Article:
Louisville coach Rick Pitino has been adamant in the defense of his basketball program, taking every opportunity to deny allegations by an escort that has led to calls for him to step down.

Friday, he decided to take a different tact — passing on the opportunity to address the allegations on the national stage during next week's ACC media day.

A day after vowing to fans on his website that he "will not resign and let you down" in the wake of allegations that former Cardinals staffer Andre McGee hired Katina Powell and other dancers to strip and have sex with recruits and players, Pitino announced Friday through the school that he was not going to attend the Atlantic Coast Conference media day next week in Charlotte, North Carolina. His decision comes on the advice of counsel due to the allegations.

"I do not want the allegations we are facing to negatively impact the other 14 institutions on what should be a great event to talk about the approaching basketball season," the 63-year-old Pitino said in the statement, adding that fifth-year transfers Damion Lee and Trey Lewis, and junior Mangok Mathiang would participate.

"I realize that while many would like to question me on the allegations, the NCAA does not permit me to speak on the subject."

But while Pitino made news by saying he wouldn't talk, other principal figures in the sex scandal did speak out on Friday.

McGee resigned as assistant coach at University of Missouri-Kansas City, saying he could no longer do the job as he fights "false" allegations by Powell that he arranged 22 shows while coaching at Louisville.

McGee, a former Louisville player, served as a graduate assistant and director of men's basketball operations at the school before coming to UMKC in 2014.

In his resignation letter to UMKC athletics director Carla Wilson, McGee said he couldn't perform his duties as a coach for the Kangaroos while also dealing with the allegations in Louisville.

"The university deserves a full time assistant coach and I am not able to provide that to the basketball team while the false allegations against me are being investigated," McGee wrote.

Scott C. Cox, McGee's Louisville-based attorney, told The Associated Press on Friday that he had no comment on his client or the case.

McGee's announcement was sandwiched between comments from Pitino and Powell.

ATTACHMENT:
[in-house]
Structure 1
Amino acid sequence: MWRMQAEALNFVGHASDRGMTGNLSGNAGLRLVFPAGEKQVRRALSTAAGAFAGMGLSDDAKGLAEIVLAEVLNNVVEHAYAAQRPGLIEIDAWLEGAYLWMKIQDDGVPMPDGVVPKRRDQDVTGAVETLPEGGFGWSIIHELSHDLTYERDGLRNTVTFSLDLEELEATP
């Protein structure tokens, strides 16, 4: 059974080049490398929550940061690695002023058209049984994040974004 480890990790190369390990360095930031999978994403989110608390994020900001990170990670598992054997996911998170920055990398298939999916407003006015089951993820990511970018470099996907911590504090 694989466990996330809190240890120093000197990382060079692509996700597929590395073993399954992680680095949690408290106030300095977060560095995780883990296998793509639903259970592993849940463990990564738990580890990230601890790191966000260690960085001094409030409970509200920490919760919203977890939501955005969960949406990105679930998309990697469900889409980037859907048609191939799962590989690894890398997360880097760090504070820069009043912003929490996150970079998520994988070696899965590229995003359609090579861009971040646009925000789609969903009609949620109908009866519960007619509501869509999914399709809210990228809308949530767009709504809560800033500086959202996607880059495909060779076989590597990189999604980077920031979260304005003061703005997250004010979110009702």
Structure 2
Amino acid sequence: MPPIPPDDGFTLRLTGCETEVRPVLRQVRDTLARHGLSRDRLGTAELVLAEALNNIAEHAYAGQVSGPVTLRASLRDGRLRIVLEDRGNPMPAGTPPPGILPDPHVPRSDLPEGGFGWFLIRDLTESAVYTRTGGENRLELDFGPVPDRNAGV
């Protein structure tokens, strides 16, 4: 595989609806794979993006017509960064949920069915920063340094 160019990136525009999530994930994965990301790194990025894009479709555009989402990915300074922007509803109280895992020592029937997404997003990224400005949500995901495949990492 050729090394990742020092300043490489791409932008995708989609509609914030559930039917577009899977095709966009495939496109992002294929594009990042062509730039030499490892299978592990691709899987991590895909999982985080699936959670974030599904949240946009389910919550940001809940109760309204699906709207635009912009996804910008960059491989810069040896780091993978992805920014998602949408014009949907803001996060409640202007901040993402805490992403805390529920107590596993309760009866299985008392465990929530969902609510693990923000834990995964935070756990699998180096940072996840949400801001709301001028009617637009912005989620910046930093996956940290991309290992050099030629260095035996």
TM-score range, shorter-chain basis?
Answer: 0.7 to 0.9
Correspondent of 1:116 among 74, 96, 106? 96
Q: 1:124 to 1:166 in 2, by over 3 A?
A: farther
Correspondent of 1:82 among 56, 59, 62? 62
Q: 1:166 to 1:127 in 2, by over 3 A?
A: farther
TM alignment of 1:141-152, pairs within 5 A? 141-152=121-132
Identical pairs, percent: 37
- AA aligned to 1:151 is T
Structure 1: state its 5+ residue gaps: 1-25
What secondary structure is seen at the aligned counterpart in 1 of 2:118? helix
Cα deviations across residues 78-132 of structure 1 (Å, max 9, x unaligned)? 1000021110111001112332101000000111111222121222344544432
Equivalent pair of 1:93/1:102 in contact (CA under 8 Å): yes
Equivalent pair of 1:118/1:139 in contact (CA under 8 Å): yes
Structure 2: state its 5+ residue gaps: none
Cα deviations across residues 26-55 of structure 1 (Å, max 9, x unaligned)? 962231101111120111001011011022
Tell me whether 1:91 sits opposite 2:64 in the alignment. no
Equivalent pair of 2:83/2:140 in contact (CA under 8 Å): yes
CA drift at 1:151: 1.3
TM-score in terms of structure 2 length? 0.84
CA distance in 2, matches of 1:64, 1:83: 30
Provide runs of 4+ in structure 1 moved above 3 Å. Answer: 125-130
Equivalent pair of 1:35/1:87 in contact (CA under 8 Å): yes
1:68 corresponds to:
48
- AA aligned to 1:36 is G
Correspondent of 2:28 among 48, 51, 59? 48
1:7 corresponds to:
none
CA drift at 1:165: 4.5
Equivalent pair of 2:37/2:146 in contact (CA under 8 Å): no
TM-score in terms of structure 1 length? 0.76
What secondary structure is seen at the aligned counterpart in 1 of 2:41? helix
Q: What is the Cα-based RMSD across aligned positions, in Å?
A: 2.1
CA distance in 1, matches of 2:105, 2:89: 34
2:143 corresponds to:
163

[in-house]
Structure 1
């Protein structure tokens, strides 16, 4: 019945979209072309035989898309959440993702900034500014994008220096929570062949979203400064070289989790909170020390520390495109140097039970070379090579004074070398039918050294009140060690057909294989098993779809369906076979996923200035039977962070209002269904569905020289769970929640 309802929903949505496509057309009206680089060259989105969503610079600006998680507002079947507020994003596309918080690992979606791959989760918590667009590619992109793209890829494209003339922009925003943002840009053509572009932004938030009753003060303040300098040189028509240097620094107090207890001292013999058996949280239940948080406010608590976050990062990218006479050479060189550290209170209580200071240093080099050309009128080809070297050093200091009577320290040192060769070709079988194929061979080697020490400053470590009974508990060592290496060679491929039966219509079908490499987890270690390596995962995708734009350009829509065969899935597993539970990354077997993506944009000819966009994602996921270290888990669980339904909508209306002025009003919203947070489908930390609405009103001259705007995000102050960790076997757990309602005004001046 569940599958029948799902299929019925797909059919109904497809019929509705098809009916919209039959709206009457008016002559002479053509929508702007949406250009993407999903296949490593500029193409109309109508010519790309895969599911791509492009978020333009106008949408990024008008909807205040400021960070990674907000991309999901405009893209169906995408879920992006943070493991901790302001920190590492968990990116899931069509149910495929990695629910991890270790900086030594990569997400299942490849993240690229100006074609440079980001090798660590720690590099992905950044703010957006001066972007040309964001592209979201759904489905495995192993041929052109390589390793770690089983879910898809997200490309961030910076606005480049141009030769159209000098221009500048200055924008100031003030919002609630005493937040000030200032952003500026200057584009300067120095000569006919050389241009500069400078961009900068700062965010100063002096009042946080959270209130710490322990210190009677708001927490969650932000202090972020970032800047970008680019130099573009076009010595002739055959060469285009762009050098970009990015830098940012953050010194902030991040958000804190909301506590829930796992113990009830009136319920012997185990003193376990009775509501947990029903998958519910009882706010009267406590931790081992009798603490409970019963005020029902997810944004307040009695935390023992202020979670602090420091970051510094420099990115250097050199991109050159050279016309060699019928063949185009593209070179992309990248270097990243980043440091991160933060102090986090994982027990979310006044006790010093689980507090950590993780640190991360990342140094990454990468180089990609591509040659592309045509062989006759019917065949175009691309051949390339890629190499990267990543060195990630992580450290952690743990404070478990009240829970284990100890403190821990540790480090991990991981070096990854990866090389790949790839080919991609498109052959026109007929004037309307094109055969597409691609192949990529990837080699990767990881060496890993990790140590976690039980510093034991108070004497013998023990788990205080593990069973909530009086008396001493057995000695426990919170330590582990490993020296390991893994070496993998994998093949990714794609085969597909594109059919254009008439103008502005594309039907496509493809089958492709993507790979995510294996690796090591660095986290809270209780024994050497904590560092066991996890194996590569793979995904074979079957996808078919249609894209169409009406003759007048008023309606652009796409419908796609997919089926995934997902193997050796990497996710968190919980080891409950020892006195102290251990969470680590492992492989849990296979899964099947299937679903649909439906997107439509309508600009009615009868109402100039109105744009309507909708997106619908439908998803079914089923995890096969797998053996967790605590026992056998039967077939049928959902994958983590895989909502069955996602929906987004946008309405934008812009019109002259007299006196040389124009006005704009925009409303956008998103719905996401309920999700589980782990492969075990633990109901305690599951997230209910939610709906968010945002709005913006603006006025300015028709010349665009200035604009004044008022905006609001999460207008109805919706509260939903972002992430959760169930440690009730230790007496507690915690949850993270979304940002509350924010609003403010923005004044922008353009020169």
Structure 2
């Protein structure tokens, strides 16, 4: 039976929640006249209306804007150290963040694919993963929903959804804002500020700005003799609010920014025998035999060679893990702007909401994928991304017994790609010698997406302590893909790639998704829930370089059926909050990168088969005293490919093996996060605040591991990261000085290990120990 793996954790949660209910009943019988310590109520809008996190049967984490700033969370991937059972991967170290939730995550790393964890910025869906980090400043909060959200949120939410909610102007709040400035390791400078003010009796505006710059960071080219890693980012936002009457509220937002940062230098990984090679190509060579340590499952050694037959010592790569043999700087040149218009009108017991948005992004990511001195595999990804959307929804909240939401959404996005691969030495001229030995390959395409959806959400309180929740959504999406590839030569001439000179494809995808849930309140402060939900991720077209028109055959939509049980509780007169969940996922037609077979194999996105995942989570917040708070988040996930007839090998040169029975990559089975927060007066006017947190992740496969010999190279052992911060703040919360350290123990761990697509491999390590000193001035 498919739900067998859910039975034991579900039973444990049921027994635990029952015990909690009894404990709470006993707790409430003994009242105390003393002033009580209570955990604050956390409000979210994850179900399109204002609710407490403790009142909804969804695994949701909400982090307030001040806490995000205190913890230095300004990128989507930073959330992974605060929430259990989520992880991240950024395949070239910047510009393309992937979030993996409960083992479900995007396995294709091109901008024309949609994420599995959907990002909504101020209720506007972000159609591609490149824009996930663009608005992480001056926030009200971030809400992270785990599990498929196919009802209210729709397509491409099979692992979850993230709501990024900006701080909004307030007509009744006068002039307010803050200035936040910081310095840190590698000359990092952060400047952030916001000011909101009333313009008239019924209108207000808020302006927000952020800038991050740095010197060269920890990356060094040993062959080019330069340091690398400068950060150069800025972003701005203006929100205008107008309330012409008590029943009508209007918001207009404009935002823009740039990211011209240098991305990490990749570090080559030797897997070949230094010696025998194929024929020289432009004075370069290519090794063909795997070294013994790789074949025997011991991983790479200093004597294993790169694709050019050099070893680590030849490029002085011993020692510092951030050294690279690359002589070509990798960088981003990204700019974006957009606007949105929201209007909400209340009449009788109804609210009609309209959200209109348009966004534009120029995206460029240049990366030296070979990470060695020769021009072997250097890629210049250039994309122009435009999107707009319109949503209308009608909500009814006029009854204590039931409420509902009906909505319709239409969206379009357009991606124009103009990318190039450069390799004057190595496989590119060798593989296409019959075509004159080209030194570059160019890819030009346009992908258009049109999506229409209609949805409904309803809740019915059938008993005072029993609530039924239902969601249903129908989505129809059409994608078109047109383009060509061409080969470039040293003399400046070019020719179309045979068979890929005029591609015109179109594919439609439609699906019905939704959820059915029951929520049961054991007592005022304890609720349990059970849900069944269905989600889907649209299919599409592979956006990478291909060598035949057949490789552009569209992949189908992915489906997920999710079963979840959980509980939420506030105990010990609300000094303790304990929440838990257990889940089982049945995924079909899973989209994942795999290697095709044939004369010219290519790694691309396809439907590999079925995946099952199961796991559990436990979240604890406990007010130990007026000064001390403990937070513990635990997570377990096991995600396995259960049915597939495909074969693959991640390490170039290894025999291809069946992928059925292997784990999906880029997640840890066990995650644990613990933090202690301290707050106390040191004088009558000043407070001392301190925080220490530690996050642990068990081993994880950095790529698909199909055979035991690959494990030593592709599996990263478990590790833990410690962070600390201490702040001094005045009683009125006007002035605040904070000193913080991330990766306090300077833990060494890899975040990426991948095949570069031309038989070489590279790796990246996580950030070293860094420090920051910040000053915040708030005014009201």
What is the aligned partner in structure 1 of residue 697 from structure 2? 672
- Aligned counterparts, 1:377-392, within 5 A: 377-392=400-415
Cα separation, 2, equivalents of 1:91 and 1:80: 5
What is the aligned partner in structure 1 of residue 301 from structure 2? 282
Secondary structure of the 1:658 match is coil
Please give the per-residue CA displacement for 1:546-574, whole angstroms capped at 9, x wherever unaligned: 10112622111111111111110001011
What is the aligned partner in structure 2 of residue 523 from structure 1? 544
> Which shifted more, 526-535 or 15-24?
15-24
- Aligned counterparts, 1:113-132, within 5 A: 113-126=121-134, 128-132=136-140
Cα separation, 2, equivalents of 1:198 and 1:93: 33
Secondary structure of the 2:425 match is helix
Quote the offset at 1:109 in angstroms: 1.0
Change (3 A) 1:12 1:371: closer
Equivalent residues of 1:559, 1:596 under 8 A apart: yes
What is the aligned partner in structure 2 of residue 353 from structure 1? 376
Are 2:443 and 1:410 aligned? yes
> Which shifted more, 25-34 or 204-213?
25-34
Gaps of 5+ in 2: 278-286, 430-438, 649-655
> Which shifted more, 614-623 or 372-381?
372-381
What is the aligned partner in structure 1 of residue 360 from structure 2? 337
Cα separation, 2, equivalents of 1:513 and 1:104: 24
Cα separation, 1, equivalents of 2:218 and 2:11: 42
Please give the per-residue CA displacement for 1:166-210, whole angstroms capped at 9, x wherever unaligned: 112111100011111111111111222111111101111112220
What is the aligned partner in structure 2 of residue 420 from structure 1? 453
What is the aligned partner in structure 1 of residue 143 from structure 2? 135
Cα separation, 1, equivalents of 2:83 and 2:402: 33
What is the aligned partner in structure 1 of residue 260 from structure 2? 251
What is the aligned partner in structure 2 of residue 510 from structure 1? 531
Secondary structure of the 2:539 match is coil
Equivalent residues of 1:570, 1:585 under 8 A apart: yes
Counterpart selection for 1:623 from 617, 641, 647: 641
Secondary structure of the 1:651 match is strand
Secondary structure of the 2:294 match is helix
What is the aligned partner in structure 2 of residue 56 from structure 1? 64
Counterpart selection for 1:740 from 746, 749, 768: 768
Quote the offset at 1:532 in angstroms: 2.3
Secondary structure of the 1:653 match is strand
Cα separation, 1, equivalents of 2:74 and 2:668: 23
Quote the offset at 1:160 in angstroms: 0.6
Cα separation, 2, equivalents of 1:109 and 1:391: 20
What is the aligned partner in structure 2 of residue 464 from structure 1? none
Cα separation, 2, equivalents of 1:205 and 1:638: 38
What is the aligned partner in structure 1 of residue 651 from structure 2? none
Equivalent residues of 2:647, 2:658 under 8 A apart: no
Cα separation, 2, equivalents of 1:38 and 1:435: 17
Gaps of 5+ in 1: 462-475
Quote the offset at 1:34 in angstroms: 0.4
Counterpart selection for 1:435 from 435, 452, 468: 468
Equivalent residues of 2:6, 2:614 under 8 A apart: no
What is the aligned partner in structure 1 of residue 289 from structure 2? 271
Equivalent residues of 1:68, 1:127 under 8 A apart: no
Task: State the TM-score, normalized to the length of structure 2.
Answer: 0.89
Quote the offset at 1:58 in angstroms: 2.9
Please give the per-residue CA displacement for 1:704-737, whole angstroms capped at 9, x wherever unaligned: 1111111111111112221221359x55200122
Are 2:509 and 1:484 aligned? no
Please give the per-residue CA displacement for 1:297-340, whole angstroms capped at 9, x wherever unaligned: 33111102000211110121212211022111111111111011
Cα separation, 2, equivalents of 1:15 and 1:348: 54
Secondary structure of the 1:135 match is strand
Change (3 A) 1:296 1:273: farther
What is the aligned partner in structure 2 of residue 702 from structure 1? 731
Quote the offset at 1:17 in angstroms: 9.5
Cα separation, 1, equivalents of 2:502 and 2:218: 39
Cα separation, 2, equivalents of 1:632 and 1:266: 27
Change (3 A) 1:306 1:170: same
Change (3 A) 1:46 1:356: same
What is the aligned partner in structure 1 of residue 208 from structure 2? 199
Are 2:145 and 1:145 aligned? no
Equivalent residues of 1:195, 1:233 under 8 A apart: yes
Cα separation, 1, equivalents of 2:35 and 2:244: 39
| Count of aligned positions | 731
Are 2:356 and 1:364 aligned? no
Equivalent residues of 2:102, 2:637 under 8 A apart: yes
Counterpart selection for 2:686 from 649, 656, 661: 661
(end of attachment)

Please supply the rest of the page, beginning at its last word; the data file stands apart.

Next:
Powell appeared on ABC's "The View" on Friday with her daughters. Powell wrote in "Breaking Cardinal Rules: Basketball and the Escort Queen" that McGee paid her $10,000 for shows from 2010-14 with many taking place at the players' Billy Minardi Hall dormitory.

Powell and daughters Lindsay and Rod Ni — whom Powell writes performed shows with her — appeared on the show with Powell's attorney Larry Wilder. They talked about an hour before McGee's resignation was announced.

Wilder of Jeffersonville, Indiana, said the crime of selling sex for money in Kentucky is a Class A misdemeanor with a one-year statute of limitations for prosecution. There is no such limitation for the promotion of prostitution, which Wilder said is a Class D felony. It is punishable by one to five years in prison.

The attorney added that if Powell is prosecuted, "then they need to prosecute McGee as well because Mr. McGee participated by contacting Miss Powell, paying for the parties and paying for the provision of sex."

Powell described her involvement as "fun" and shrugged off criticism of including her daughters in the shows. Rod Ni Powell added, "going to the dorm and being around the basketball players. ... was fun."

Powell's book has led to four separate investigations, including one by Louisville campus police, which announced on Oct. 6 that it was working with Louisville Metro Police and the Commonwealth's Attorney's Office to review the allegations for possible criminal charges.

Jeff Cooke, spokesman for the Jefferson County Commonwealth's Attorney, said Friday that investigations by prosecutors and police are ongoing and there was "nothing to report at this time."

There were also investigations launched by the athletic department and NCAA when the school was notified of the allegations in late August.

The University of Louisville Foundation announced the hiring of a law firm two days later to review the allegations.

On Tuesday, Powell told ESPN's "Outside The Lines" that with "a boatload" of recruits and dancers, "loud music, alcohol, security, cameras" in a campus dormitory, "how could Rick not know?"

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Associated Press writer Bill Draper in Kansas City, Missouri, and Claire Galofaro in Louisville, Kentucky, contributed to this report.